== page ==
The anniversary of a Transfiguration, a mushroom cloud and a drone strike

 Now about eight days after these sayings Jesus took with him Peter and John and James, and went up on the mountain to pray. And while he was praying, the appearance of his face changed, and his clothes became dazzling white. Suddenly they saw two men, Moses and Elijah, talking to him. They appeared in glory and were speaking of his departure, which he was about to accomplish at Jerusalem. Now Peter and his companions were weighed down with sleep; but since they had stayed awake, they saw his glory and the two men who stood with him.Just as they were leaving him, Peter said to Jesus, ‘Master, it is good for us to be here; let us make three dwellings, one for you, one for Moses, and one for Elijah’—not knowing what he said. While he was saying this, a cloud came and overshadowed them; and they were terrified as they entered the cloud. Then from the cloud came a voice that said, ‘This is my Son, my Chosen; listen to him!’ When the voice had spoken, Jesus was found alone. And they kept silent and in those days told no one any of the things they had seen. (Luke 9:28-36)

Have you been on the mountain when the cloud has come down to embrace it? It is like a moist mist, creeping around you and into your bones. The bright views of the valley are gone in a moment, replaced by a swirling grey-white nothingness as far as the eye can see. The path is lost. The only place to be is where you are, still and patient, until the cloud either lifts or falls, and the light breaks through once more.

It is like being in the womb of the world, where the universe shrinks to the touch of water on your fingertips and the wall of damp air that extends forever and into your essence, so that time and space and history and all that is known are hidden from view, until the light breaks through once more.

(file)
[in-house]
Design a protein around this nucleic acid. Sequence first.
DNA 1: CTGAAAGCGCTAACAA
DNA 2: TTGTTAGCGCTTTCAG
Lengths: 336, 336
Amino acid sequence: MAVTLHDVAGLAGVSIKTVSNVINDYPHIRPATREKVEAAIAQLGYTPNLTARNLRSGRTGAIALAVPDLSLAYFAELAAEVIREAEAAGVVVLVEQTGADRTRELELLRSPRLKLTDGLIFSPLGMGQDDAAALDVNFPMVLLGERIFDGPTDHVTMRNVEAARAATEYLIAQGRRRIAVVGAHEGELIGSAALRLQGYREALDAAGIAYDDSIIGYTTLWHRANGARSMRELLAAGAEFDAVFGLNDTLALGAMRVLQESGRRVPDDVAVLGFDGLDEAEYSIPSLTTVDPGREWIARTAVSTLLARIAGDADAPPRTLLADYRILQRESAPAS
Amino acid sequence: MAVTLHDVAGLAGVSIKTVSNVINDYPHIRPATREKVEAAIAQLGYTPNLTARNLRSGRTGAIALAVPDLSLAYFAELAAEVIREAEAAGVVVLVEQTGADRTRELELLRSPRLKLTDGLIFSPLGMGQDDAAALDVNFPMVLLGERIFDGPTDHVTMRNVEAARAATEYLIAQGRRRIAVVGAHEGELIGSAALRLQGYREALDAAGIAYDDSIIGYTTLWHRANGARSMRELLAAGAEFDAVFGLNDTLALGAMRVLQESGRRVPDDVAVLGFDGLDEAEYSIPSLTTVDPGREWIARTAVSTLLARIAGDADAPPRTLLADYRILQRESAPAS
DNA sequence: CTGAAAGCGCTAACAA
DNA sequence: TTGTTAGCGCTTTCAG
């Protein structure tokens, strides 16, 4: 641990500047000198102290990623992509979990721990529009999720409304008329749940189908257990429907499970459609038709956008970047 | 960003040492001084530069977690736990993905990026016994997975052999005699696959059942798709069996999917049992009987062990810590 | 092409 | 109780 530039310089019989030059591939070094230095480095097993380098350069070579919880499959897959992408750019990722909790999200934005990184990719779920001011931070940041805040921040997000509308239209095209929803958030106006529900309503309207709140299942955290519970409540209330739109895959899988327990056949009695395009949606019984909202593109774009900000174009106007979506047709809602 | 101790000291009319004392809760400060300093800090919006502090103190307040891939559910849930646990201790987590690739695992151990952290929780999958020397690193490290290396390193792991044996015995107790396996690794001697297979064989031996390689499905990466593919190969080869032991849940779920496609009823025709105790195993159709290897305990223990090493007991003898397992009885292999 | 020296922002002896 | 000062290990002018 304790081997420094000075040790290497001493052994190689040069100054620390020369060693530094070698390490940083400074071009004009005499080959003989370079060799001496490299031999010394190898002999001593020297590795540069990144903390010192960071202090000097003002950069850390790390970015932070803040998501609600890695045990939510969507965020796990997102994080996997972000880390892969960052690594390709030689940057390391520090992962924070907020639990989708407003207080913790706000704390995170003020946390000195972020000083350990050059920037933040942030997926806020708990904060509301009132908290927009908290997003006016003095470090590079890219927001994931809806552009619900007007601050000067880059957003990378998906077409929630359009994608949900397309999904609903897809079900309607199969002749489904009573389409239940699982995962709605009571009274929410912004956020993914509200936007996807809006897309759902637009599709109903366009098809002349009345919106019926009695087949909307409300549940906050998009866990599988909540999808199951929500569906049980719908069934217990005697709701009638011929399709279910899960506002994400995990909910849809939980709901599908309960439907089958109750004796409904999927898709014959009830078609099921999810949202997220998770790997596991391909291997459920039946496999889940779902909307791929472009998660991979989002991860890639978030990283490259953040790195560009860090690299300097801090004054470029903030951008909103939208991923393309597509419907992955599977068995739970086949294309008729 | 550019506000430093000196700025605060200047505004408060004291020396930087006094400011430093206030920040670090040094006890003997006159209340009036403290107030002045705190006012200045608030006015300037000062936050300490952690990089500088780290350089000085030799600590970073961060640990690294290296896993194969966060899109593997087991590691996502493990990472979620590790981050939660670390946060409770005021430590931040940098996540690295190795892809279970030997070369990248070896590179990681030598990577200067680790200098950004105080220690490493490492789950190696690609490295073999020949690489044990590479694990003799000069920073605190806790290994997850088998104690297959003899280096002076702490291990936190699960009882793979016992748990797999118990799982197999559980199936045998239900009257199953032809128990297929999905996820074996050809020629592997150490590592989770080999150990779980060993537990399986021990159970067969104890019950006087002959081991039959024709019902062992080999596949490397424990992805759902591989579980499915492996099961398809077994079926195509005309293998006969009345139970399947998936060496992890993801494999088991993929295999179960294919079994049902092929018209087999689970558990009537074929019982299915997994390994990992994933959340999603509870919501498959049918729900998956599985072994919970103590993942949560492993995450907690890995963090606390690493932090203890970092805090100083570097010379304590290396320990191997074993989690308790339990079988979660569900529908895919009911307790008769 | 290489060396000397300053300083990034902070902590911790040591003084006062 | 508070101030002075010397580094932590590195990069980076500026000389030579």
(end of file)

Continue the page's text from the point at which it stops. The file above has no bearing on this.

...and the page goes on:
In the cloud, the precipices present themselves far too late; safest to stay away, stay still, wait it out.

But we who have been born, once or twice, we do not belong in the womb, and if we stay too long our fingers will wrinkle and our skin sag and we will begin to chill and sweat and hunger; we do not belong in the womb any longer; we have to make our way in the world,

we cannot hide from our history, the strange-shaped clouds and their terrible particles of water and dead air;

we cannot hide from our future; we know that even blind drones are seeking their way through the cloud;

ever more urgent, then, that we try to find our way

with compass and map and a gps and Jesus

until the light breaks through once more.


With prayers for those who have no safe space to stay today, and those who fear for their safety, and for those who would help them out of harm’s way, for a peaceful passage through the clouds.

About Rosalind C Hughes

Rosalind C Hughes is a priest and author living near the shores of Lake Erie. After growing up in England and Wales, and living briefly in Singapore, she is now settled in Ohio. She serves an Episcopal church just outside Cleveland. Rosalind is the author of A Family Like Mine: Biblical Stories of Love, Loss, and Longing , and Whom Shall I Fear? Urgent Questions for Christians in an Age of Violence, both from Upper Room Books. She loves the lake, misses the ocean, and is finally coming to terms with snow.
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